• French Toast
    Jul 09, 2001

    Cheers once again to Leander and Mahesh for restoring the French Connection (Goodbye Splitsville, June 25). Their return from the hell-hole of 2000 is happy news for a nation starved of sporting success.
    Louvina Andrade, Mangalore

  • Skipper’s Flip
    Jul 09, 2001

    Saurav Ganguly must be the most over-rated batsman in modern-day cricket (Driftwood Champ, July 2). Any batsman, to be called a class player, must score runs against quality attacks both at home and away, in all conditions, when needed most by the team. Ganguly’s record against attacks from South Africa, Pakistan and Australia has been abysmal. In 29 such Tests since his debut, he has scored only 1,343 runs at an average of 27. Yet our selectors persist with him as they get carried away by his odi 100s.
    Ramji Rajamani, Mumbai

    Alistair Campbell’s determination to win at Harare shows the mettle of his team in spite of having just one world-class performer in Andy Flower (Big Game Hunting in Harare, June 25). Our cricketers unfortunately cannot do this consistently, even though John Wright has toughened them up. They remain short on leg work, fitness and inspiration.Dilip
    Mahanty, Australia

  • Unholy Nexus
    Jul 09, 2001

    The gruesome killings of three Catholic priests in Imphal (The Seventh Hell, June 18) indicates a dangerous nexus between the self-proclaimed custodians of Hinduism and the underground outfits in the northeast.
    Ashok Kujur ‘Chere’, Bangalor

  • Lop-Sided Liberals
    Jul 09, 2001

    No matter what swadeshi hawks say, liberalisation has bailed us out of a huge debt hole (Ten Years of Economic Reforms, June 25). Yet, infrastructure is one area where restructuring has failed miserably. Not only has this prevented us from achieving a higher gdp growth rate but also stunted industrial growth and prevented existing industry from becoming globally competitive. The government’s welfare policies have done nothing but sap our resources. For reforms to succeed, our attitudes too need to reform. We can’t enter a market economy riding a bullock cart.
    Aftab Khanna, on e-mail

    Narasimha Rao’s confessional statement is a powerful warning to the country: "But whatever policies were used over the past 50 years, one thing is certain: poverty continues to rise". History will never pardon Rao and his collaborator, Manmohan Singh, for taking the country back to the feet and mercy of foreign powers. Can poverty ever be eradicated without confronting head-on the four basic and simple questions: who owns, who controls, who decides about and who enjoys total wealth of the country?
    Prof E.P. Menon, Bangalore

    Your special issue is a good survey of the reforms process. It’s difficult to get rid of the pre-reforms mindset and your articles provide one example. Migration to the cities has been portrayed as a negative effect of reforms. Is there an example of any country which has high income levels with a large rural population?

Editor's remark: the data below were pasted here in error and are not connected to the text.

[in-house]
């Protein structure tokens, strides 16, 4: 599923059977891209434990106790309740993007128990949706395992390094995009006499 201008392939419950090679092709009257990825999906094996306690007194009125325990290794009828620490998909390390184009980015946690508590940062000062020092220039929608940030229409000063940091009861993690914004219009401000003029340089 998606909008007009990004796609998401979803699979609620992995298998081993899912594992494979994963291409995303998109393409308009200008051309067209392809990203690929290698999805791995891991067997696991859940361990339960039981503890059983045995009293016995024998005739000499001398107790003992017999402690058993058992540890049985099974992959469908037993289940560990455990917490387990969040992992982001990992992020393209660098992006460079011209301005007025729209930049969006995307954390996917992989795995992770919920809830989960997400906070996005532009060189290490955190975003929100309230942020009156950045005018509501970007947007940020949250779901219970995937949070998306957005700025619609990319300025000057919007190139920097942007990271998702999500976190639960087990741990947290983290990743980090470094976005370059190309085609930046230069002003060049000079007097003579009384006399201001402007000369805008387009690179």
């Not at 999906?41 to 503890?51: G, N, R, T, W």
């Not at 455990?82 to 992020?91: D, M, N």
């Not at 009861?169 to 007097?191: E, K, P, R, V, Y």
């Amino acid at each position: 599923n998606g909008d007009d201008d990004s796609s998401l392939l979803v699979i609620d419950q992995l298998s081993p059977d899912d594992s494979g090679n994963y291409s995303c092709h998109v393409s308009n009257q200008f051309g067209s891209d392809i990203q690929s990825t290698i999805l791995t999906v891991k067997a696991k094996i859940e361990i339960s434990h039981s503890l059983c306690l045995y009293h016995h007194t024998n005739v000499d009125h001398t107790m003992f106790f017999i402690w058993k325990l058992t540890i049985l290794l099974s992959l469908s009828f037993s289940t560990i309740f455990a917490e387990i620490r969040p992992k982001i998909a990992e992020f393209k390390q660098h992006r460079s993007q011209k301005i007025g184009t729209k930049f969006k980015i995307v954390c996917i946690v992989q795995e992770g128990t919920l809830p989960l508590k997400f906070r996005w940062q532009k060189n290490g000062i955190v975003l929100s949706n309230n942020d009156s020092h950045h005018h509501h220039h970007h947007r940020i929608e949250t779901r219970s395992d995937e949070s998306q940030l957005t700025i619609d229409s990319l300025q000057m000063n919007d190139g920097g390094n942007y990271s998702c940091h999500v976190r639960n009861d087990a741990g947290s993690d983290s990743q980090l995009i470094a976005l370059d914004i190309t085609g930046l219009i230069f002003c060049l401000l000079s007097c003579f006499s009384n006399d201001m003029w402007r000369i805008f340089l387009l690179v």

Sai Yayavaram, on e-mail

    Your special issue on reforms—with contributions from one prime minister, three finance ministers and plenty of bigwigs—was very readable. But I’m surprised you did not include a 5,000-word diatribe from Arundhati Roy. Why?
    Aminuddin Khan, on e-mail

    I fully agree with Sandipan Deb that "if the evidence of the pudding is in the eating, then our plates are still empty". And if some have filled their plates with pudding, it’s by the "rule of the jungle". The process of reforms was to have brought about something much better.
    Pankaj Arora, on e-mail

    The impetus for the IT revolution was given by Rajiv Gandhi, Chidambaram began it with a bang, Manmohan Singh breathed life into it but isn’t Yashwant Sinha going too far, too fast? Agriculture is being moved backwards, his reforms have failed to generate employment for our youth and liberalisation in imports sans growth in export will only kill our industry.
    Dr U.S. Iyer, on e-mail

    Sandipan Deb’s article is one of the most hard-hitting, in-your-face I have read in a long time. Bravo, but is the government listening? We, the urban middle class, are helpless against political musclemen; we can only sit back and watch, or at the most educate our kids and send them abroad.
    Mohua Lalvani, on e-mail

    A true measure of the success of liberalisation would be how it has helped the nation’s growth and reached its benefit to the highest possible number of people. Sadly, liberalisation in India has just meant patching up the BoP position and nothing has been done to strengthen the entrepreneurial spirit.
    Surajit Agarwal, Philippines

  • Eternal Optimists
    Jul 09, 2001

    BJP leaders in UP must be hoping against hope if they are expecting victory in the assembly polls (Temple of Doom, June 25). Troubled by intra-party bickerings and condemned by the masses for poor governance, Rajnath Singh has little option but to finalise strategic understandings with other parties as this alone will help him gain a respectable number of seats, of course, without a majority.